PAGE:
Our other honorees are two Project Freedom tenants who have both achieved their independence despite some difficult challenges—Jaime Hooker and Bill Manzo.  Both are great examples of people who don‘t give up, but rather contribute back to society.

And finally, our Employee of the Year Award this year goes to our Woodstown Social Service     Coordinator, Sammi DeMaris.  Located in Salem County, Sammi has managed our furthermost site since 2009, with a very minimum amount of support from our central office.  It is very gratifying for me, as the boss, to know that our communities are in good hands and having Sammi in Woodstown is most reassuring.

So, our Angel Award Dinner is slated for November 11 and there is still time to call for tickets ( 609 ) 278-0075.  Hope to see you there.

 

 

 

“My Two Cents – October 2017

Tim Doherty, Executive Director

So, one of the hot topics today in our country, is the use of “Free Speech” which is guaranteed by our Constitution and First Amendment.  Usually this revolves around some kind of protest or some action that certain groups are usually against.  Recently we have seen this in protests involving racial equality and the mistreatment of minorities by law enforcement officials.  Today, it is often said that we are a divided nation, yet when disaster struck in the form of hurricane Irma in Texas, Jose in Florida, and Maria in Puerto Rico,  American’s came together to help one another.  So, this begs the question, on what level are we divided and again, on what level are we united?

Let’s also keep in mind that our nation was founded upon a rebellion from a foreign nation that wanted to control the destiny of our citizens.  So, controversy is a part of our national make up.  For sure, even our founding fathers, were not always united in the cause to break from Great Britain.  There continued to be disagreements during the revolution, with some remaining loyal to the Crown.  In the end, we did come together as a people and formed a unity of states–a United States.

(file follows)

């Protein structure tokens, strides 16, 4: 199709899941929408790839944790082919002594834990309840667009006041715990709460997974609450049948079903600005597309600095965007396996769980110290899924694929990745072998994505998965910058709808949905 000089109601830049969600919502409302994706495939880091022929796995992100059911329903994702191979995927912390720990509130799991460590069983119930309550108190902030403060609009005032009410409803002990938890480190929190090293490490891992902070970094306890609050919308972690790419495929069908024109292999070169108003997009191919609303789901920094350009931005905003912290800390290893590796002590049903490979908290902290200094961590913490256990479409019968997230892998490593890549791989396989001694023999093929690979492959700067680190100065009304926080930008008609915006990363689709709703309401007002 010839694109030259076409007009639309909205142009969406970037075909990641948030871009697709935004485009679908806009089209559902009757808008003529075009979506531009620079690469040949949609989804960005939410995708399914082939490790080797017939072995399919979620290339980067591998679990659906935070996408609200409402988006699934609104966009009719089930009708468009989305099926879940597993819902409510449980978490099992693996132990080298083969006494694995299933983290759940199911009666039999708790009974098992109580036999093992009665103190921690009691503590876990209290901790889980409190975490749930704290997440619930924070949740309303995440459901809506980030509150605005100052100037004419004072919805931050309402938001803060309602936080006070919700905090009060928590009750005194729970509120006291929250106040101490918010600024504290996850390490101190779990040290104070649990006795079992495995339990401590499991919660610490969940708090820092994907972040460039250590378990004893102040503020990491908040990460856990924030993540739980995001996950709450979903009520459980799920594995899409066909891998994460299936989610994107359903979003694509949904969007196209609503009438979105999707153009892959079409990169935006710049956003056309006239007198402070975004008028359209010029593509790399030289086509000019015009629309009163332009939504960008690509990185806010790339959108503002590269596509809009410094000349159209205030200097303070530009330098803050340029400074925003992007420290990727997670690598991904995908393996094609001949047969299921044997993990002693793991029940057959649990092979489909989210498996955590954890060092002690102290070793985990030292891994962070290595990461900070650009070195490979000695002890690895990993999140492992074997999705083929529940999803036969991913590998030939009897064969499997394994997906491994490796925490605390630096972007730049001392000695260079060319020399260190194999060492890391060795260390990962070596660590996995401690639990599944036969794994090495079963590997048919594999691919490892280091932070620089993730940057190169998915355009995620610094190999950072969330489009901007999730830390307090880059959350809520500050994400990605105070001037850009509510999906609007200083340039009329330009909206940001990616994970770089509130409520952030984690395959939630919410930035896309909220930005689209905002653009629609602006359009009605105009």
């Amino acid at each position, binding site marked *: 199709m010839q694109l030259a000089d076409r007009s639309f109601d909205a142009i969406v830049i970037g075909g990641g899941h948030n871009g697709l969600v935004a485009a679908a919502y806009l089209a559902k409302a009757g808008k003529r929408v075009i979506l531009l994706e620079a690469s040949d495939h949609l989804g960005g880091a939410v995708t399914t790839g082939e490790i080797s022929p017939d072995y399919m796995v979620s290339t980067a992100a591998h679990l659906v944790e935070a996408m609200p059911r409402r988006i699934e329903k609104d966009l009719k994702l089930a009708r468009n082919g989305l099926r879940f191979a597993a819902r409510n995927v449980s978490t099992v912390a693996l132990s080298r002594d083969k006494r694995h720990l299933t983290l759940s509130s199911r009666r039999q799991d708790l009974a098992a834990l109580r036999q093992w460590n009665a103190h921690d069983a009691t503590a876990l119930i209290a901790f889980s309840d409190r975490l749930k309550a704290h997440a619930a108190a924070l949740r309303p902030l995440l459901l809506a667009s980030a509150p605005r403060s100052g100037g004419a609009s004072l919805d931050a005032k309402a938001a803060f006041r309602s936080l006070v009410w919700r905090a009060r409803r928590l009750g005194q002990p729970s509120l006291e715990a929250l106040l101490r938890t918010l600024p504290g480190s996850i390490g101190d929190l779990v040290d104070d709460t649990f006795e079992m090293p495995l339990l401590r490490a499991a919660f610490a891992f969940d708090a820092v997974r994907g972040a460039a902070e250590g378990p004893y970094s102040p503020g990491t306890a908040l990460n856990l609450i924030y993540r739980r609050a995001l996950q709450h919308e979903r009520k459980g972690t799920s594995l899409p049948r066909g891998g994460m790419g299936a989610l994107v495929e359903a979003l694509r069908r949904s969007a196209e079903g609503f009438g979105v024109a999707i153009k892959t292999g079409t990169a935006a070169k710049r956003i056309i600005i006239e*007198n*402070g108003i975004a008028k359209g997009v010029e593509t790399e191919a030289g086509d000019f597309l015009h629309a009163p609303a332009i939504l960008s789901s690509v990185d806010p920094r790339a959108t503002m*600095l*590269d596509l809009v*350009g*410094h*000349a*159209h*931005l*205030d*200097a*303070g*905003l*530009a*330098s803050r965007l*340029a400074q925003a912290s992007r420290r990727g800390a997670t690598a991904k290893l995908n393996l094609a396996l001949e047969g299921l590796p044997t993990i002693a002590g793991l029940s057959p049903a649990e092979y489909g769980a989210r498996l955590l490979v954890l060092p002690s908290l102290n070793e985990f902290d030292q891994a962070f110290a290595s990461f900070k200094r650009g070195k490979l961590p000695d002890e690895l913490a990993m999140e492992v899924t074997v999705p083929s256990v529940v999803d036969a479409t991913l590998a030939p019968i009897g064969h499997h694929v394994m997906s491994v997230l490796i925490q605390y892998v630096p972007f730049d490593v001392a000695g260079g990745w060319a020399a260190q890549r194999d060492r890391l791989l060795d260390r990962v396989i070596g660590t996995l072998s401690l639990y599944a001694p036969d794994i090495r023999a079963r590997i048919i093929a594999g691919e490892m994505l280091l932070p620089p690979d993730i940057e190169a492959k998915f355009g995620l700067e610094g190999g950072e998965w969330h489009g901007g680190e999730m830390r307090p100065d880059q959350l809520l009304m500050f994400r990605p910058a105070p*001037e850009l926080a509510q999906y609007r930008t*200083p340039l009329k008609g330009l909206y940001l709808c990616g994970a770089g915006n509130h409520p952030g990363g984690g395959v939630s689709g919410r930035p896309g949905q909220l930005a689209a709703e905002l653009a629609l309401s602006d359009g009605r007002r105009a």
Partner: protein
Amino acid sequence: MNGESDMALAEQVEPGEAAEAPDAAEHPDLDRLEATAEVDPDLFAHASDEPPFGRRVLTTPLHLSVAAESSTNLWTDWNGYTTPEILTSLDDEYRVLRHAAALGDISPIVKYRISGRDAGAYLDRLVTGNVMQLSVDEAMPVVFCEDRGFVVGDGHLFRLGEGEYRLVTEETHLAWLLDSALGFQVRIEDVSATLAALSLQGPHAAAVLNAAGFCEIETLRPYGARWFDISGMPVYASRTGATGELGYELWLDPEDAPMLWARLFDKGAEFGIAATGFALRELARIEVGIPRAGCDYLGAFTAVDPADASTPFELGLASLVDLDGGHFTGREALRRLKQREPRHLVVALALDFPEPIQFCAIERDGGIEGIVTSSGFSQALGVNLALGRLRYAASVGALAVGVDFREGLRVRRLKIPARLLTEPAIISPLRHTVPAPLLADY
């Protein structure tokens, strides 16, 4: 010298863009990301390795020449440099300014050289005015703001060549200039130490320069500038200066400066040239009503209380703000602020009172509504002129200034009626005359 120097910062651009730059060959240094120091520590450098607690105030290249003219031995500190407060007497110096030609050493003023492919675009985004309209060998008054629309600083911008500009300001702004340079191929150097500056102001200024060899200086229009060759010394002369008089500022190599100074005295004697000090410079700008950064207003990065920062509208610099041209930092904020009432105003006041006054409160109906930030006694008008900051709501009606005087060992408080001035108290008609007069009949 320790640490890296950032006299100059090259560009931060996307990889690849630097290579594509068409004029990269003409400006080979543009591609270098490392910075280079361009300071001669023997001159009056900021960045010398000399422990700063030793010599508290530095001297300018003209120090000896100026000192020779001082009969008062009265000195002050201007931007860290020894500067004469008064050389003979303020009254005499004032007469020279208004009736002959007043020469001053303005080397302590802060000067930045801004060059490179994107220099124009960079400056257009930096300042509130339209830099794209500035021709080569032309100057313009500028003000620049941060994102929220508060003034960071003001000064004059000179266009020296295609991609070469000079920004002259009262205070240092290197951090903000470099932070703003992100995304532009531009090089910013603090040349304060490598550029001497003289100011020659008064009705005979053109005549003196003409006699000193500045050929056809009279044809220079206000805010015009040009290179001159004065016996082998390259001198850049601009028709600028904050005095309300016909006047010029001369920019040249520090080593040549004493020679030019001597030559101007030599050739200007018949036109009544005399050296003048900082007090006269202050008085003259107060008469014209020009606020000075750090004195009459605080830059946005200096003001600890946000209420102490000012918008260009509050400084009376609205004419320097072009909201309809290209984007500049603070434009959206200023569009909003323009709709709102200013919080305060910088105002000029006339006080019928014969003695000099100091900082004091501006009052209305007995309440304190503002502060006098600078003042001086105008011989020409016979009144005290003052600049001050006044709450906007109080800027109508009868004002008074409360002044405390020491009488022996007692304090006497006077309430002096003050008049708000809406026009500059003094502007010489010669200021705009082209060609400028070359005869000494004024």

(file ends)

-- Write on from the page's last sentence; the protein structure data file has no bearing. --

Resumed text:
Today, the most recent controversy, comes from the NFL, with players and coaches “ taking a knee” during the singing of our national anthem.  This lack of respect for our flag is to show that not all of us agree with what is happening in our nation today.  Certainly, our country is still struggling with racial equality and treatment of minorities. Our history here has not been good.  But I honestly don’t know from these protests exactly what they are pointing to and how we are to address these issues.

But our flag and the national anthem represent many different aspects of America, so much more, most of which are good.  We are the land of opportunity, which is why so many immigrants want to come to our country.  Our freedom’s  have provided the wealth, which most of these NFL player protesters enjoy today—each and every one who “took a knee” are millionaires.  And let’s not forget all the men and women, minorities included who have given the ultimate sacrifice for this country.  Disrespecting the Flag and our anthem, disrespects those folks as well.

Finally, isn’t there some other way to raise a voice in protest rather than to disrespect our flag?  Maybe the NFL could sponsor a dialogue prior to the games, which offers speakers the opportunity to make their case, and call attention to injustice.  Or donate funds to inner city schools, or revitalize poor neighborhoods, or sponsor police education programs.  I just think that much more constructive action could be taken that would help to heal and mend these wounds, than by protesting the singing of our national anthem, or our flag, symbols that represent us all.

Tim Doherty, Executive Director

“My Two Cents” – September 2017

Tim Doherty, Executive Director

I have exciting news to report.  The governor announced last Friday, the Low Income Tax Credit Awards for this year, and Project Freedom has won for both our new projects—West Windsor and Gibbsboro.  Hooray.

This is by no means an easy task, and in the past, we have only been able to get one of our submitted projects the award, so to get both is quite a feat.  So, before I go too far, I need to thank our Director of Development Tracee Battis and her assistant, Marion Doherty, along with CFO Steve Schaefer for all their hard work on making those applications a success.  And a very big thank you to our Board of Trustees who has steadfastly supported our efforts to develop affordable housing in New Jersey under the leadership of Board Chair, Herb Schneider.  It certainly was a team effort.